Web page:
I agree that there needs to be progression. But the idea of re-learning something isn't always a good thing, there needs to be a justification for it.
Example 1: We thought the Earth was flat. We learnt that it was spherical and changed our thinking. This is a good example of change and can be justified.
Example 2: Someone wakes up tomorrow and decides that he's going to walk around on his hands rather than his feet. He tells the rest of the world that this is the way of the future. Are you going to start walking around on your hands, or are you going to point out that it's not as convenient as the method before? This is an example of a bad change and cannot be justified (unless you don't have any legs, I guess).
My point is that not all change is bad, but not all change is good. Microsoft is trying to progress with Windows 8 by creating one operating system for all devices. I freely admit that I think it would work fine on a touch device, but for me it falls down when it comes to the desktop side of things. In order to cater for the touch market they have had to change the desktop side of things, and in my opinion it is not a change for the better.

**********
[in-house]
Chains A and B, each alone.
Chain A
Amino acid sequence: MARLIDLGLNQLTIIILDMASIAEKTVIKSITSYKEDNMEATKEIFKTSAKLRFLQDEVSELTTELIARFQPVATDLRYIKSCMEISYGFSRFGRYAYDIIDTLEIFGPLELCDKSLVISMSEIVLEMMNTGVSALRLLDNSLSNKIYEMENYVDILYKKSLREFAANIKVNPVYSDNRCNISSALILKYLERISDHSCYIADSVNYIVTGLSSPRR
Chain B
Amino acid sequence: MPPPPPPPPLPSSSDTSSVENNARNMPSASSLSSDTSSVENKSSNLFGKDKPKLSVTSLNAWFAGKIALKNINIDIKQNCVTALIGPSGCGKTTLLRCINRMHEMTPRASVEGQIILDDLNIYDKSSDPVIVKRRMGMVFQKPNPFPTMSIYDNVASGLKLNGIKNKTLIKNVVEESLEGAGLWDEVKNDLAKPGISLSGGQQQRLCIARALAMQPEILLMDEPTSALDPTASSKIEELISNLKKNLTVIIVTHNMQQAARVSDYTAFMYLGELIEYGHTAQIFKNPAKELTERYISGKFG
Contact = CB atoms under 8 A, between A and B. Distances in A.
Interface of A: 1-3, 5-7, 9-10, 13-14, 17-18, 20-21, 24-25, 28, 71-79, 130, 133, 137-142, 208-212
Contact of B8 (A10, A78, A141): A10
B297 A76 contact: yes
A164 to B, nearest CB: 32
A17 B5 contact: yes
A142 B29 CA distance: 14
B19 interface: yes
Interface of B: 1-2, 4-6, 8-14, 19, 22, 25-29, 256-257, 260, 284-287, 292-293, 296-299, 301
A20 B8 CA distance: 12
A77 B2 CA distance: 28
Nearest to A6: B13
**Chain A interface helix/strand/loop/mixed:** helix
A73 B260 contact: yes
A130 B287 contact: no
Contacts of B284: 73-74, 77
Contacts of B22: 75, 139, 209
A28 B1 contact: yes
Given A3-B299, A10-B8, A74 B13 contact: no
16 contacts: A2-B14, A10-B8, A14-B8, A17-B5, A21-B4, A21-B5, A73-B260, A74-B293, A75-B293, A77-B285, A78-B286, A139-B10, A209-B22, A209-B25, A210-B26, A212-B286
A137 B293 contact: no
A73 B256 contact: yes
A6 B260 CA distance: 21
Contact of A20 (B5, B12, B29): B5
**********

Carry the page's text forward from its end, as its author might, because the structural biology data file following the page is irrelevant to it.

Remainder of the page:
To add to this, the change from windows xp/vista task bar to window 7s super bar is a good way to introduce new concepts and ideas. It's familiar enough to the older versions that you recognize how it should work (and you can make it work like older versions if you don't like it) but it's also different. Adds new functionality all the while presenting people with new ways of doing things in an intelligent way and isn't forced down peoples throats. Windows 8 is adapt or gtfo.
It's a good example of a change and evolution and it makes you wonder how they can get it so right in Windows 7 and fail so bad with Windows 8.
The bad part is that I want everything that windows 8 offers, just minus metro.